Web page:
By Cara Murez HealthDay Reporter
WEDNESDAY, Jan. 20, 2021 (HealthDay News)
Be kind to your heart and health and turn off the news, doctors say.
“As a practicing preventive cardiologist, one of the most common risk factors for heart disease that I am seeing this year is stress,” said Dr. Sadiya Khan, assistant professor of cardiology and epidemiology at Northwestern University Feinberg School of Medicine in Chicago. “I know we can all agree it has been an extremely stressful year for all in every aspect of our lives, including stress related to the pandemic and associated health, financial and political events.”
Constant news updates pile on layer upon layer of stress, according to Dr. Aderonke Pederson, a psychiatrist at Northwestern Medicine.
“That cumulative stress can translate into increased risks of heart problems, diabetes and more,” she said. “Mental illnesses like depression and anxiety, especially when untreated, can increase your risk for chronic health conditions like diabetes, cardiac events and heart disease and can complicate symptoms of asthma. So, there’s a feedback loop of mental health conditions and physical health conditions.”
The doctors offered several coping strategies, including getting a good night’s sleep and calming your mind a couple hours before bedtime with a light-hearted book, journaling, playing a game or taking a warm bath.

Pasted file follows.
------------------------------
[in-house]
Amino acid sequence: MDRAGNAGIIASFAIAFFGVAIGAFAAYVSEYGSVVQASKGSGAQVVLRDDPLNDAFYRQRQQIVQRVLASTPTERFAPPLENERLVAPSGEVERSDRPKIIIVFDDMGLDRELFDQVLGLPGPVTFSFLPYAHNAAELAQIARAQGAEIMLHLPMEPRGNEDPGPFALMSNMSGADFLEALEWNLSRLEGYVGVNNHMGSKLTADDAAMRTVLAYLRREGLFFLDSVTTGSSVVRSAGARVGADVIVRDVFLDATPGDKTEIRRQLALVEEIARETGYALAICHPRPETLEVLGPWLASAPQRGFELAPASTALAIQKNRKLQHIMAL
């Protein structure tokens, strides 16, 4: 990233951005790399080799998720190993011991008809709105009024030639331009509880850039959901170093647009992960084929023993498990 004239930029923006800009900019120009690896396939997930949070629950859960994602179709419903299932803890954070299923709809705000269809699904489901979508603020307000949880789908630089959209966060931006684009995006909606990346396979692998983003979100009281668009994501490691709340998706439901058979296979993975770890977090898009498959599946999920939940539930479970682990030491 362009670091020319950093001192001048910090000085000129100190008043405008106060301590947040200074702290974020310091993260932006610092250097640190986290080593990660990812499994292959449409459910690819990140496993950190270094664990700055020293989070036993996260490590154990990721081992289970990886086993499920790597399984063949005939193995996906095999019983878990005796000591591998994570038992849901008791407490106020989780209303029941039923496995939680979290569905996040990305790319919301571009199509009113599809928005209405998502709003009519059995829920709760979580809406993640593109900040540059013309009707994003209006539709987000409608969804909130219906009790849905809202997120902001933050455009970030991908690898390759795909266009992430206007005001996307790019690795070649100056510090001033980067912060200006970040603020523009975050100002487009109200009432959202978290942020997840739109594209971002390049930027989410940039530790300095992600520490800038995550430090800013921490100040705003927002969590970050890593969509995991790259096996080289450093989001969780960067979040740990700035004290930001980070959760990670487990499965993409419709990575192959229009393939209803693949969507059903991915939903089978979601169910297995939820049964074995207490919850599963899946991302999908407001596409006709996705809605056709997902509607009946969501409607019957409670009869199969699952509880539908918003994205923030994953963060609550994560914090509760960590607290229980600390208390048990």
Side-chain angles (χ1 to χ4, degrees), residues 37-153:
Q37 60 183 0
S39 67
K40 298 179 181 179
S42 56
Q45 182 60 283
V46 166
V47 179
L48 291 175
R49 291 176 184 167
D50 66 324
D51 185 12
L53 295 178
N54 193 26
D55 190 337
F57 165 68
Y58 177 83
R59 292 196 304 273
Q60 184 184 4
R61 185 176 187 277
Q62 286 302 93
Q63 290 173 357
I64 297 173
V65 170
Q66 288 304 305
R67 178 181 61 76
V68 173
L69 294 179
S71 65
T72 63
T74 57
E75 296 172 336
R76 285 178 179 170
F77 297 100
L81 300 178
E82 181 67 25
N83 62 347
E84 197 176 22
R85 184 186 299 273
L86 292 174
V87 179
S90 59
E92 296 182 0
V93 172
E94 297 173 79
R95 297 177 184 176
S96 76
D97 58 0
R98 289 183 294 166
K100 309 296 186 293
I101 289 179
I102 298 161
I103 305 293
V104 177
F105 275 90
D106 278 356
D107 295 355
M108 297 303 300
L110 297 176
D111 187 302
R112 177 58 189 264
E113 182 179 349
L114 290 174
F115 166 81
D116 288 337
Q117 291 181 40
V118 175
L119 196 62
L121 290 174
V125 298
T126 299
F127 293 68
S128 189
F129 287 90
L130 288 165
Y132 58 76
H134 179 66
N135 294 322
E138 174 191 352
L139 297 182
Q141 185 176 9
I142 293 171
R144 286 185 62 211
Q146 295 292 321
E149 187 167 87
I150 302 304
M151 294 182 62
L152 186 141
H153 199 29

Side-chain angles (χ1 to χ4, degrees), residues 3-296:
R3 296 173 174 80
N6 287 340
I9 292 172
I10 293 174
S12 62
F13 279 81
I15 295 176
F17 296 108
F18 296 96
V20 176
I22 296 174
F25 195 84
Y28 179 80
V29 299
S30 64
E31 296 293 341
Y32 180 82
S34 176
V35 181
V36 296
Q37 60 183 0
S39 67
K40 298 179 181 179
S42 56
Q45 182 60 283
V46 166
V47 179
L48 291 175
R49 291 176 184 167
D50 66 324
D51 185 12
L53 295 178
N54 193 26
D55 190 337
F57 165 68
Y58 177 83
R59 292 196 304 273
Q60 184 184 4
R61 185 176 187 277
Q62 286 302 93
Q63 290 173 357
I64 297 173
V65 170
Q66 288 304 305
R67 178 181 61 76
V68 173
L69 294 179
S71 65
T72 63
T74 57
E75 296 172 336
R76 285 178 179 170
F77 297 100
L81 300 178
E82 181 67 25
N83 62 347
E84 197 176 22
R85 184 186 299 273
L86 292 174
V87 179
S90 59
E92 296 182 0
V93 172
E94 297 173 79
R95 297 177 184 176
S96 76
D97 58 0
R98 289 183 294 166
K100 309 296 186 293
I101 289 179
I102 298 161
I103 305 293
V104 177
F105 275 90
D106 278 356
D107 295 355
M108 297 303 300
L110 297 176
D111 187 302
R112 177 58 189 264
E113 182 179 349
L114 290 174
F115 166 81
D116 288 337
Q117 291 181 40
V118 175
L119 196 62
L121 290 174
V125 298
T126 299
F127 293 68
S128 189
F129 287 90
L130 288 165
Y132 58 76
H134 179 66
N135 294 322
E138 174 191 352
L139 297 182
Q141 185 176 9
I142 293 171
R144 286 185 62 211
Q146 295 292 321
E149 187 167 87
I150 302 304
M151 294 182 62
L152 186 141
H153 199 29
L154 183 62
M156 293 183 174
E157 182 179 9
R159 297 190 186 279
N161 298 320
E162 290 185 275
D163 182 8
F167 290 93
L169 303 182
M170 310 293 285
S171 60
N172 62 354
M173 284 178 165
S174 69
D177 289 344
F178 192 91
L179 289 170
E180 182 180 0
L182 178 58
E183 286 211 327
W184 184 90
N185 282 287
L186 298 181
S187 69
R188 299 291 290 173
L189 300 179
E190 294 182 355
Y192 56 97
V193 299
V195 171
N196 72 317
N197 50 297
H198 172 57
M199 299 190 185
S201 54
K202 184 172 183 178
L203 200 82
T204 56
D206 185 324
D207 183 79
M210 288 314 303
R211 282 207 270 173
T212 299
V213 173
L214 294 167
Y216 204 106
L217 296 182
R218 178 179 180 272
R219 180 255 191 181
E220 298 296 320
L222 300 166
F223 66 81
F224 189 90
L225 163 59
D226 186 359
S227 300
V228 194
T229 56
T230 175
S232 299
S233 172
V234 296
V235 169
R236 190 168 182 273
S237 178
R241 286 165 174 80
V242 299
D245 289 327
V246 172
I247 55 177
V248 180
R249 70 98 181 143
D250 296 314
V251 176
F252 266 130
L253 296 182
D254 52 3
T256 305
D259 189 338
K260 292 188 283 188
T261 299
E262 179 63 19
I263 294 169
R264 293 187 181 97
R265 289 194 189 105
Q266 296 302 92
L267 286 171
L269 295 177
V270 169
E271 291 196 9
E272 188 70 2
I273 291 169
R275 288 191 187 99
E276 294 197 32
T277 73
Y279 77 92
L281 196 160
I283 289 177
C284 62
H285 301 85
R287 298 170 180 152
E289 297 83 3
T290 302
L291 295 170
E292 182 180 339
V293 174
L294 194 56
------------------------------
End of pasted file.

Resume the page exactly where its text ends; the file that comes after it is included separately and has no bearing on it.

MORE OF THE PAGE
“To reduce the consequences of stress, try to focus on heart-healthy behaviors that can reduce your risk, such as exercising, enjoying a healthy diet and finding ways to maintain a positive attitude,” Khan said. “If you already have risk factors for heart disease, it’s important to check in with your doctor to make sure stress is not making it worse.”
Pederson noted that these issues are multiplied for Black people, who have been especially hard-hit by the COVID-19 pandemic.
“Discrimination exacerbates the risk of mental and physical health issues,” she said. “African-Americans are less likely to be offered services and treatments for mental health issues, experience stigma related to mental health and tend to delay seeking care, so it’s a multi-fold problem.”
The doctors recommend checking in on family members who might be feeling overwhelmed and encouraging them to seek help from support groups or primary care providers who can refer them for mental health services.
“I often tell my patients to tell me every negative thing that’s happened,” Pederson said. “This focuses on their resiliency and helps them process their experiences. Being kind and patient with ourselves and taking stock of all the things we’ve survived will help us as we move forward.”
She said it’s vital to accept what you can’t control and stay hopeful.
“While there is a lot of chaos, there are still positives, such as the vaccine, which will soon be available to many individuals,” Pederson said.
The U.S. Centers for Disease Control and Prevention offers these tips for coping with stress during the COVID-19 pandemic.
SOURCE: Northwestern University, news release, Jan. 15, 2021
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Panic attacks are repeated attacks of fear that can last for several minutes.